Dr. Leroy Little Bear
For thousands of generations we, the Buffalo, roamed these lands, mountain valleys, planted the seeds of all different plant life, drank from the rushing water streams, from the mountains and lakes. We worked cooperatively with a whole community of others of the animal kingdom, worked to eco-engineer the lands so that our young will forever enjoy the beauty of the landscaping ways. Then the homo sapients appeared on the scene...
Leroy Little Bear was born and raised on the Blood Indian Reserve (Kainai First Nation), approximately 70 km west of Lethbridge, Alberta. One of the first Native students to complete a program of study at the University of Lethbridge, Little Bear graduated with a Bachelor of Arts Degree in 1971. He continued his education at the College of Law, University of Utah, in Salt Lake City, completing a Juris Doctor Degree in 1975.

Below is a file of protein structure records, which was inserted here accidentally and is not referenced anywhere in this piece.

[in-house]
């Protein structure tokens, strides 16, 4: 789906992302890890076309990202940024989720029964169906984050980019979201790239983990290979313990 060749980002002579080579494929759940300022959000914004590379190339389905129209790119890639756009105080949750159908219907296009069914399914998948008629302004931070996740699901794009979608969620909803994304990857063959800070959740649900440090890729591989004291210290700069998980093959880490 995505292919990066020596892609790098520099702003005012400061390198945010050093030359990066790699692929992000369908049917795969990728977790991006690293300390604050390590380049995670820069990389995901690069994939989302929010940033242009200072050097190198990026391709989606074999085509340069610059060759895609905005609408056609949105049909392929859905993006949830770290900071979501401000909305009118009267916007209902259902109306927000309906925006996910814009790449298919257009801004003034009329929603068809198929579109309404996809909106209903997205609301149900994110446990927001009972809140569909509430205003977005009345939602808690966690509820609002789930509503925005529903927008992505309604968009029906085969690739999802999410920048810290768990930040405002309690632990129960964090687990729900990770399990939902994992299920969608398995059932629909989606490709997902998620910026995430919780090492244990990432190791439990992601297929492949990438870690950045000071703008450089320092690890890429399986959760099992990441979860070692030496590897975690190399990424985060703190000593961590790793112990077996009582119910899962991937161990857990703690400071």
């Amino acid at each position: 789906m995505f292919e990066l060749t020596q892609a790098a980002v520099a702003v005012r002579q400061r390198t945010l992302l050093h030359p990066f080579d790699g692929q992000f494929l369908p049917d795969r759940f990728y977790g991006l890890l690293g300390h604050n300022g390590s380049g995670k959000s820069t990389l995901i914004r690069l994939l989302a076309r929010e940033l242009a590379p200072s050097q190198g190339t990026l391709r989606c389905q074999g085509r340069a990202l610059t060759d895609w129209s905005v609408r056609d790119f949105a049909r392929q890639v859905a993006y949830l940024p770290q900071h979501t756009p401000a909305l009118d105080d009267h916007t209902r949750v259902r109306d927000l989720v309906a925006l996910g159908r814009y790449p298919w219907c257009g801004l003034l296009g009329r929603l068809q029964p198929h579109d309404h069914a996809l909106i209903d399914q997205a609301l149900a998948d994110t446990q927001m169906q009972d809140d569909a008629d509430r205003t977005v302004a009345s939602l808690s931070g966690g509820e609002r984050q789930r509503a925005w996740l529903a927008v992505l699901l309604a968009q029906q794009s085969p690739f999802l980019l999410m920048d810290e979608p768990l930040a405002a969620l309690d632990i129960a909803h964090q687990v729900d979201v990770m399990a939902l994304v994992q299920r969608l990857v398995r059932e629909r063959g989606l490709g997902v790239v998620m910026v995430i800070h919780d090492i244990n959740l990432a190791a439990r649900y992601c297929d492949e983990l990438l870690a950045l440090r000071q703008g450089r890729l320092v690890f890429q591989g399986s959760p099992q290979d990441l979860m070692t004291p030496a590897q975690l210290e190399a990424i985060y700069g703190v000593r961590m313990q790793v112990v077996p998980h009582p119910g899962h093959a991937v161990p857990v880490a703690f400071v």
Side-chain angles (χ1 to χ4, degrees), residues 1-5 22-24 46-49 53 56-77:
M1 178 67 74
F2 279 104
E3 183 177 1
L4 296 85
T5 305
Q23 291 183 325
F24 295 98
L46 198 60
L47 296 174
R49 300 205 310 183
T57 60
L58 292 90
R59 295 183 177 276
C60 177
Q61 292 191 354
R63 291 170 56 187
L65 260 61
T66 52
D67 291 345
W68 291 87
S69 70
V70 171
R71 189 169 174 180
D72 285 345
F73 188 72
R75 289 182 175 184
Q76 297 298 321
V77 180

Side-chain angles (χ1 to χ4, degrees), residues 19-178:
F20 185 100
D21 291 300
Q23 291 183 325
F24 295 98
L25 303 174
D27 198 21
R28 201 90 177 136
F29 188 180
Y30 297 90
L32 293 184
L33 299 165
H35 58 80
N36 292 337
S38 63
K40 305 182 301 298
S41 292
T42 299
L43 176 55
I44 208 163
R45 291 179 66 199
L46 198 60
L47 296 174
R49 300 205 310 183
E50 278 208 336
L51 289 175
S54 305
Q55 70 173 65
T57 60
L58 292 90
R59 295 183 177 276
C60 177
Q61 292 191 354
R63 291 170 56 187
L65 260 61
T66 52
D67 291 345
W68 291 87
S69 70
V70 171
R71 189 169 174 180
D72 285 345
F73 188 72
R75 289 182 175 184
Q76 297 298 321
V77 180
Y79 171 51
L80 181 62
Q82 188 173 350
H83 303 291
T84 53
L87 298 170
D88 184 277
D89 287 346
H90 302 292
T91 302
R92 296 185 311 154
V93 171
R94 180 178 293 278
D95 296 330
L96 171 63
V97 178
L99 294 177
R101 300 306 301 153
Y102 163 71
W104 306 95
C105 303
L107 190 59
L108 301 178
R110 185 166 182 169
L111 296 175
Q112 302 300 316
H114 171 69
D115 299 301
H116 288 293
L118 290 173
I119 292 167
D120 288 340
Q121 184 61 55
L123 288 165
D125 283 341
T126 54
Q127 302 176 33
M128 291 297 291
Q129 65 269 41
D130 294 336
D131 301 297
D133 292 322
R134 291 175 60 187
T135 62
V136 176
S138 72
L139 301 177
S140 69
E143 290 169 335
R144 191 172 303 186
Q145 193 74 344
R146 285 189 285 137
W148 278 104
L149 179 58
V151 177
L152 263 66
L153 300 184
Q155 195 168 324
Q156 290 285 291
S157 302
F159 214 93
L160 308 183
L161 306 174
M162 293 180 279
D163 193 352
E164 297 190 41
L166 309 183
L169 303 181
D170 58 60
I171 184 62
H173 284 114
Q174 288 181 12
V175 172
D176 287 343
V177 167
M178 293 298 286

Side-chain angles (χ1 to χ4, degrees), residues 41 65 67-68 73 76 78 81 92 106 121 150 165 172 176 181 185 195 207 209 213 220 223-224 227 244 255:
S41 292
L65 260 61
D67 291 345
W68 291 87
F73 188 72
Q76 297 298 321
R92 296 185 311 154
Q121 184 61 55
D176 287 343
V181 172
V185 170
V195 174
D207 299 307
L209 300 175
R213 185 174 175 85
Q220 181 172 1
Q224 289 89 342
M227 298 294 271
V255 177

Following his graduation, Little Bear returned to his alma mater as a founding member of Canada’s first Native American Studies Department. He remained at the University of Lethbridge as a researcher, faculty member and department chair until his official retirement in 1997.
In recent years Little Be
ar has continued his influential work as an advocate for First Nations education. From January 1998 to June 1999 he served as Director of the Harvard University Native American Program. Upon his return to Canada, he was instrumental in the creation of a Bachelor of Management in First Nations Governance at the University of Lethbridge- the only program of its kind in the country.
In the spring of 2003, Little Bear was awarded the prestigious National Aboriginal Achievement Award for Education, the highest honour bestowed by Canada’s First Nations community.
After a lifetime of educational service, Little Bear remains a dedicated and dynamic teacher and mentor to students and faculty at the University of Lethbridge. He continues to pursue new research interests including North American Indian science and Western physics, and the exploration of Blackfoot knowledge through songs, stories and landscape.
Waterton Glacier International Peace Park Association